The rice blast pathogen destroys enough food to feed more than 60 million people every year – almost the population of the UK. However, it would be worse if rice didn’t have an immune system that was designed to detect the presence of pathogens, and resist infection.
By studying how rice has evolved bespoke defence solutions against different variants of the rice blast pathogen, researchers at the John Innes Centre and the Sainsbury Laboratory (Norwich) are unravelling the molecular mechanism behind plant immunity.
The team, led by Professor Mark Banfield, have shown how rice has evolved to recognise multiple versions of a pathogen effector protein, a molecule used by the fungus to promote disease, in a sort-of “molecular handshake” that stops infection.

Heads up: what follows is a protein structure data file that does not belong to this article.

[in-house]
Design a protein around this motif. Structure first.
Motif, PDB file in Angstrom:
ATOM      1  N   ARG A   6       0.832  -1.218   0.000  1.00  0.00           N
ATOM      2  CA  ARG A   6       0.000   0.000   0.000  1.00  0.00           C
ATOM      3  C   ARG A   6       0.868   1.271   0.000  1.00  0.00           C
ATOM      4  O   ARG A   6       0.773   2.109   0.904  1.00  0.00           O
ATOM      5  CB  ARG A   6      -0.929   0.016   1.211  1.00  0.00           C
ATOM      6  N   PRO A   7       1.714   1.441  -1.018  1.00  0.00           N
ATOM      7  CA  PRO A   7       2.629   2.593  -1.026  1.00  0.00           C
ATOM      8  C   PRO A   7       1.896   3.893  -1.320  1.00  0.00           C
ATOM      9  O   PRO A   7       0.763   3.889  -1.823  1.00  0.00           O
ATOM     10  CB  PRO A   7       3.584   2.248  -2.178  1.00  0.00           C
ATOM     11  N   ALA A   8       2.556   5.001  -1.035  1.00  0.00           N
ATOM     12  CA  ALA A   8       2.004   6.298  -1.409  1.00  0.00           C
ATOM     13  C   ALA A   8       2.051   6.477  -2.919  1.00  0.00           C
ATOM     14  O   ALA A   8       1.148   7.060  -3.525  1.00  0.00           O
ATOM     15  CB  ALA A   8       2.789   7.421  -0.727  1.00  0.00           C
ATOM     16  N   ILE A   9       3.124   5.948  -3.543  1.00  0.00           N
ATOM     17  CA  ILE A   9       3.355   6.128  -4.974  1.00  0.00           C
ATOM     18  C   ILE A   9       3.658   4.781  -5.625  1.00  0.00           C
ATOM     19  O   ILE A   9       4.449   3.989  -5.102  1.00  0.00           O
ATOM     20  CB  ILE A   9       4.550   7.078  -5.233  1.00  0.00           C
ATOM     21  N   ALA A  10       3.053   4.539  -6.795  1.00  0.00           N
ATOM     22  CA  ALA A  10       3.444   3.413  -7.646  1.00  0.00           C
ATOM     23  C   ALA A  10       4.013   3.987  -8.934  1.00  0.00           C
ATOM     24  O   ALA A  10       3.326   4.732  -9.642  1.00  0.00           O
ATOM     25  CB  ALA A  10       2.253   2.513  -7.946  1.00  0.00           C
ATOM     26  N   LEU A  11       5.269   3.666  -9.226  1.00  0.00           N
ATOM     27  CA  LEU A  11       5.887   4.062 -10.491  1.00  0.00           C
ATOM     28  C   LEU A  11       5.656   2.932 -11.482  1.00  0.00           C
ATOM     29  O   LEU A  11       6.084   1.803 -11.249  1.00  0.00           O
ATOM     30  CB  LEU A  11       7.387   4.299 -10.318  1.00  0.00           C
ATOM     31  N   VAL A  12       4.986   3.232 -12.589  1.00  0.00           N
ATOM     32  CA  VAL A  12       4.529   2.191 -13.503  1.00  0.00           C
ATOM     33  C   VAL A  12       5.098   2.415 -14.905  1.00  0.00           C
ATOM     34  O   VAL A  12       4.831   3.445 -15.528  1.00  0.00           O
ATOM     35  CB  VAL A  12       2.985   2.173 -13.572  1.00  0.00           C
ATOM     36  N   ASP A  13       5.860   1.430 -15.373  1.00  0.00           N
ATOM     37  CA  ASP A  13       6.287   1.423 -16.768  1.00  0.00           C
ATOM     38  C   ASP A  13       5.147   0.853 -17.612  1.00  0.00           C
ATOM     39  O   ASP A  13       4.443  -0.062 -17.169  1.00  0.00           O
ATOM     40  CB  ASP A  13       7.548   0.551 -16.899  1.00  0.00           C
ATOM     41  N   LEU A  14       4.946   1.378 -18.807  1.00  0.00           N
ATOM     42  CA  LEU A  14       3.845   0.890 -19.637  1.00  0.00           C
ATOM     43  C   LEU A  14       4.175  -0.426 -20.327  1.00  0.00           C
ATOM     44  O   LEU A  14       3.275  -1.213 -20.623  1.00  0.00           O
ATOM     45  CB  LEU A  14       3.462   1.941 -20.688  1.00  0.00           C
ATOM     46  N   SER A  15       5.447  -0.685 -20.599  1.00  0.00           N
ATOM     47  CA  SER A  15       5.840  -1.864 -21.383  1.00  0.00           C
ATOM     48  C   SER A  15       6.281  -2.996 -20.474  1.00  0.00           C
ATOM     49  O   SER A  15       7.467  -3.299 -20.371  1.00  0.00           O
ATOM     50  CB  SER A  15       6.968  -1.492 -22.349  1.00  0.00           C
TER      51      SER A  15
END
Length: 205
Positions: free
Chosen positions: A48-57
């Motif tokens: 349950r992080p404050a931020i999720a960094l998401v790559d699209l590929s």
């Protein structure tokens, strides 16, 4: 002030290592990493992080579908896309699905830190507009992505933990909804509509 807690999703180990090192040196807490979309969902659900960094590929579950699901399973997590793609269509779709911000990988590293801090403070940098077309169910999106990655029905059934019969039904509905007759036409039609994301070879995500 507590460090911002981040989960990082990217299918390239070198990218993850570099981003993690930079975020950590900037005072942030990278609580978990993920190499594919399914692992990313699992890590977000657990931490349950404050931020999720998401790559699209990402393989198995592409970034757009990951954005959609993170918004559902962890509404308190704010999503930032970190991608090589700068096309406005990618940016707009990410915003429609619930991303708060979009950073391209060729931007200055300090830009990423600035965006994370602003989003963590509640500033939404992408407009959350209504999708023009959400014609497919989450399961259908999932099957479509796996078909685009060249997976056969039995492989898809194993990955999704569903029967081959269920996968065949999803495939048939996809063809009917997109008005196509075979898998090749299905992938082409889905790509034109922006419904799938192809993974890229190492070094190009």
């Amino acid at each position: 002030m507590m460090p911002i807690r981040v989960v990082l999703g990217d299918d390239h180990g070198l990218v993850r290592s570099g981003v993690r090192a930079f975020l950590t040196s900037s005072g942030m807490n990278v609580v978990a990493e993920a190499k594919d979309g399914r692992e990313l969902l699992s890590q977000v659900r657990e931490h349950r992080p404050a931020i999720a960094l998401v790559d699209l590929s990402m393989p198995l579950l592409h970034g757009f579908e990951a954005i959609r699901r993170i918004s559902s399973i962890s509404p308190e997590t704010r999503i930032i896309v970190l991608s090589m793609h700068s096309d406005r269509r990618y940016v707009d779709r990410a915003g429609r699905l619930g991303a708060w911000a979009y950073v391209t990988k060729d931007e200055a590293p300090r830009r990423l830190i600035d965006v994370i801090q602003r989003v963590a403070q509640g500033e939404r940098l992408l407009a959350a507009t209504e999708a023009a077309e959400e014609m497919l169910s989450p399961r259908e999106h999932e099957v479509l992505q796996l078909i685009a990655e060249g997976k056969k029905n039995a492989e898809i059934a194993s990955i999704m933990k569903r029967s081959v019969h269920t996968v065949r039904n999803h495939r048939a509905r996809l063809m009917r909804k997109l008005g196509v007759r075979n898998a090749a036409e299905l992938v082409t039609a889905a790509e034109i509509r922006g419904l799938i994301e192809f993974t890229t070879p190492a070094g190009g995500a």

Further work has brought the multidisciplinary team nearer to engineering disease resistance against a range of crop pathogens.
The findings are outlined in the study titled: “Polymorphic residues in rice NLRs expand binding and response to effectors of the blast pathogen”, in the peer-reviewed Journal Nature Plants.